Wool Omnibus (books 1-5)

Let me start this post out by saying: my boyfriend gives me awesome gifts. The books, in particular, are incredible. Usually, it’s something I’d never heard of, and for the most part, they’re good. Really, really good. He’s either given me, or turned me onto several of the books I’m going to be posting about here.

One of my favorites he’s given me so far was the Wool Omnibus by Hugh Howy. It contains the first five books of the Wool series. I read the first book in an hour or two, but couldn’t bring myself to read the next story afterwards. The ending of the first book was so final, so… mind blowingly awesome, that I had a hard time imagining how it could pick up again. But, after a few weeks of “Why aren’t you reading that book I got you? Didn’t you like it?”, the sense of guilt hanging over my head outweighed my fears about the book, which turned out to be for nothing. It was so good. So. Good.

Seriously, you have no idea.


So, lets get to the meat of this.

I don’t want to say too much about this – part of the brilliance of this book is the sense of discovery.

The first book was initially written as a standalone piece, but readers became so enamored with the world that Howey created that they demanded more. And, thankfully, he gave them what they asked for.

The first book, Wool, follows Holston, the sherrif of the Silo. Throughout this short book, Holston revisits the events surrounding the death of his wife, and how they have lead him to commit the most heinous crime one can commit within the Silo. He asks to go outside.

The second book in the series Wool: Proper Gauge picks up right where the first left off, and takes the story in an interesting new direction. In Wool: Proper Gauge, and the subsequent installments, Wool: Casting Off, Wool: The Unraveling, and Wool: The Stranded, we are introduced to a larger story, which completely blew my mind.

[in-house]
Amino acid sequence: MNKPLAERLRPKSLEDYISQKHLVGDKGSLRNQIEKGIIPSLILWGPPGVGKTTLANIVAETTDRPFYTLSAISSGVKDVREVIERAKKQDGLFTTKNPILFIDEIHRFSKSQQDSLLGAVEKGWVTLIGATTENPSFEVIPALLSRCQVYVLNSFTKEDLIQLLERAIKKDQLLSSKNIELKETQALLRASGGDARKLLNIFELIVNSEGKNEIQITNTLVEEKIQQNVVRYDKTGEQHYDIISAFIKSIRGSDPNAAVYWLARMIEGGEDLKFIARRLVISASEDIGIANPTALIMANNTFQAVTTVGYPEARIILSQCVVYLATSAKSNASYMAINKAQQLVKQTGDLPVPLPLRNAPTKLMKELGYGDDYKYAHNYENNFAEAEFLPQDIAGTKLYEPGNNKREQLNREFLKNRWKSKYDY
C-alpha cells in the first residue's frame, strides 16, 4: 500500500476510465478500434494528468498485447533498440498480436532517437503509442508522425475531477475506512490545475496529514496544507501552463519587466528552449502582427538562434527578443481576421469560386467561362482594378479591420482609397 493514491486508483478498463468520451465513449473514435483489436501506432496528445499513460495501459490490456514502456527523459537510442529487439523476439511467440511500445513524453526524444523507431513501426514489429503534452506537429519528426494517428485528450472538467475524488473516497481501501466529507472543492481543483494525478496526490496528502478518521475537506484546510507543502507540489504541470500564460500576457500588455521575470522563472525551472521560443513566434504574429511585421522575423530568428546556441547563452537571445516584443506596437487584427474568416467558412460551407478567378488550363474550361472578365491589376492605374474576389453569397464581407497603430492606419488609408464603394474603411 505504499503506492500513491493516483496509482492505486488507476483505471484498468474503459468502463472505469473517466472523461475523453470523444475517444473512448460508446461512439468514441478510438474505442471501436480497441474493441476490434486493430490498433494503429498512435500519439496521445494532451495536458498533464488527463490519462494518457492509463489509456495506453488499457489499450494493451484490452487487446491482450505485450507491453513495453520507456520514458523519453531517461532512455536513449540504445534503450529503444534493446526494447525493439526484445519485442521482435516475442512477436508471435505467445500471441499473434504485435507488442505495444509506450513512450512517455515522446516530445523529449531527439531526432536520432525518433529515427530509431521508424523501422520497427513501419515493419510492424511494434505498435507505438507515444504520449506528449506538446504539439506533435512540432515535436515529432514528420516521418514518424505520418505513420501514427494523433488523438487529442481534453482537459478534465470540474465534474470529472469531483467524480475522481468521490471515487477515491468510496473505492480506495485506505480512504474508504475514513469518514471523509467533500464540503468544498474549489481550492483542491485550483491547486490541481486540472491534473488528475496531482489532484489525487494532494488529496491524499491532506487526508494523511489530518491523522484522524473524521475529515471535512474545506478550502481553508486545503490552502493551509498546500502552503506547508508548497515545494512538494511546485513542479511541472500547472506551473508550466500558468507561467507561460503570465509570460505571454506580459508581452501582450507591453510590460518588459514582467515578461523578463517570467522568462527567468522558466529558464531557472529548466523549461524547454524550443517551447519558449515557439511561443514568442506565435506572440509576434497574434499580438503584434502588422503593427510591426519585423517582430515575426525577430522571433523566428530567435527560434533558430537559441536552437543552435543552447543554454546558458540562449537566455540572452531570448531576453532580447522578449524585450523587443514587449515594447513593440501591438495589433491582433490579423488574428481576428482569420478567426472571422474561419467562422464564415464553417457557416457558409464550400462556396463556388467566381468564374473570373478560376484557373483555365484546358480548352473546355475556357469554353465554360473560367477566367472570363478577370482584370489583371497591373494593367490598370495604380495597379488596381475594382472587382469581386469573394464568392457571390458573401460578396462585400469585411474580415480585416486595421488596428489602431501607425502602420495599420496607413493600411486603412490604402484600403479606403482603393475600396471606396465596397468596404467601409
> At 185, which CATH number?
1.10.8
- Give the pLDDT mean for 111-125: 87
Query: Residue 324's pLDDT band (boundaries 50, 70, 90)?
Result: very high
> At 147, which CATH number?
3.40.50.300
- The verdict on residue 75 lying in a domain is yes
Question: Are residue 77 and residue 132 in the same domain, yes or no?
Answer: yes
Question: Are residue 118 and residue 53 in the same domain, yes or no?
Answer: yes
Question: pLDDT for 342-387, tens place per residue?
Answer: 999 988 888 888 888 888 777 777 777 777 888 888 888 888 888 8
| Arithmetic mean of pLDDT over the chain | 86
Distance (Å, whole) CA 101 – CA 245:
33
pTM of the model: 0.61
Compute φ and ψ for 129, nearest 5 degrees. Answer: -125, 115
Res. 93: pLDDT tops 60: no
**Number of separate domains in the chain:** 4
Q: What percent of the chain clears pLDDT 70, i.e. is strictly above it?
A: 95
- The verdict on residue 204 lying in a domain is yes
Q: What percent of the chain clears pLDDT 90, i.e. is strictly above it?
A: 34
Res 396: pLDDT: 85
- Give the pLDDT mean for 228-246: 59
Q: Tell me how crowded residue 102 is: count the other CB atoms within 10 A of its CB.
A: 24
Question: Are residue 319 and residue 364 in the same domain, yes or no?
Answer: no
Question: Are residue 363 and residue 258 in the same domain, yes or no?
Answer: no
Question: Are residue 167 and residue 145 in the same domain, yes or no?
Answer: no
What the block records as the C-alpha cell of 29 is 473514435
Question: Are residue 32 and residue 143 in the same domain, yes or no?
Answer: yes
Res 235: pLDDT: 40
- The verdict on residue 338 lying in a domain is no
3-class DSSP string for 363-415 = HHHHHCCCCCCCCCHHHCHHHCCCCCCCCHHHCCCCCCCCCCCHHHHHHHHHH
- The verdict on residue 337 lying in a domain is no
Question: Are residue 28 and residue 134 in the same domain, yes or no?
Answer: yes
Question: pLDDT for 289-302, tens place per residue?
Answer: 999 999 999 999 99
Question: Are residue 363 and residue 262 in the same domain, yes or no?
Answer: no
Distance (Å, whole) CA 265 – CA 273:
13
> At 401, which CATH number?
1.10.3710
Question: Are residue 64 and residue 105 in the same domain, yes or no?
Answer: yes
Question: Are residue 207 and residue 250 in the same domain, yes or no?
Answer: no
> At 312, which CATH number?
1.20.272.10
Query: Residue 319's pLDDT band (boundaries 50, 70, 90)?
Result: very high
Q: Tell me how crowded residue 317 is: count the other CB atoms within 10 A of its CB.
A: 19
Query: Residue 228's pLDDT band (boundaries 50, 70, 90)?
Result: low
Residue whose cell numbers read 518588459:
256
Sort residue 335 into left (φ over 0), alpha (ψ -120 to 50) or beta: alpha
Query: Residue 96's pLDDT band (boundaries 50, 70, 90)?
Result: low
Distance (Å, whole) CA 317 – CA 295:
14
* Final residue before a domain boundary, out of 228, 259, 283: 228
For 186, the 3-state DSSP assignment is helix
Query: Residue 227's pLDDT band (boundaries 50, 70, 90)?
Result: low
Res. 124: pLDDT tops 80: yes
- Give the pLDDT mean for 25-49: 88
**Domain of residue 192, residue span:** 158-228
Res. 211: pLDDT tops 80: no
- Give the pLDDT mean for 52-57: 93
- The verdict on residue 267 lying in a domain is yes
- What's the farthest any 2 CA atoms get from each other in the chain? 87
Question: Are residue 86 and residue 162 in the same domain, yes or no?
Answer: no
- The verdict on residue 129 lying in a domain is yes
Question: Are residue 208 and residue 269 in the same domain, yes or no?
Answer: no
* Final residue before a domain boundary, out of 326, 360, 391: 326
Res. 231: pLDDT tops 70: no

The story is revealed in a 3rd person limited narrative format, switching perspective a few times between volumes and chapters. Information about the world of Wool is presented to readers through the investigations and discourse of major characters. Although each of the five books are fairly short, they all tend to take a slightly different approach to exposition – with each exploring new and different aspects of the Silo’s society, and the world at large.

The Good
A killer story, great writing, believable characters, strong female characters. Nothing about this book felt contrived or cliche. It was an awesome, unique work of science fiction. There were a couple points in the story where, at the time of the big reveal, I literally shouted “Oh my god, I knew it!” But I think that was the point. I was also, literally, on the edge of my seat several times during this book. I loved it.

The Bad
I have nothing bad to say about this book. Sorry!

Final Thoughts
Buy this fucking book. Right now.
This is the best work of fiction I have come across to date, let alone independent, self-published fiction. Seriously. Read it.

Also worthy of note: 20th Century Fox bought the rights to make Wool into a film. AND Ridley Scott has expressed interest in directing.

ALSO, it’s being made into a comic book, available through the Amazon comic press, and will be available soon on Kindle and various Kindle apps.

There is literally not enough good things I can say about this book. I loved every little thing about it. It can be a little slow at times, but I still found the pacing to be excellent.

“A+”. ‘Nuff said.


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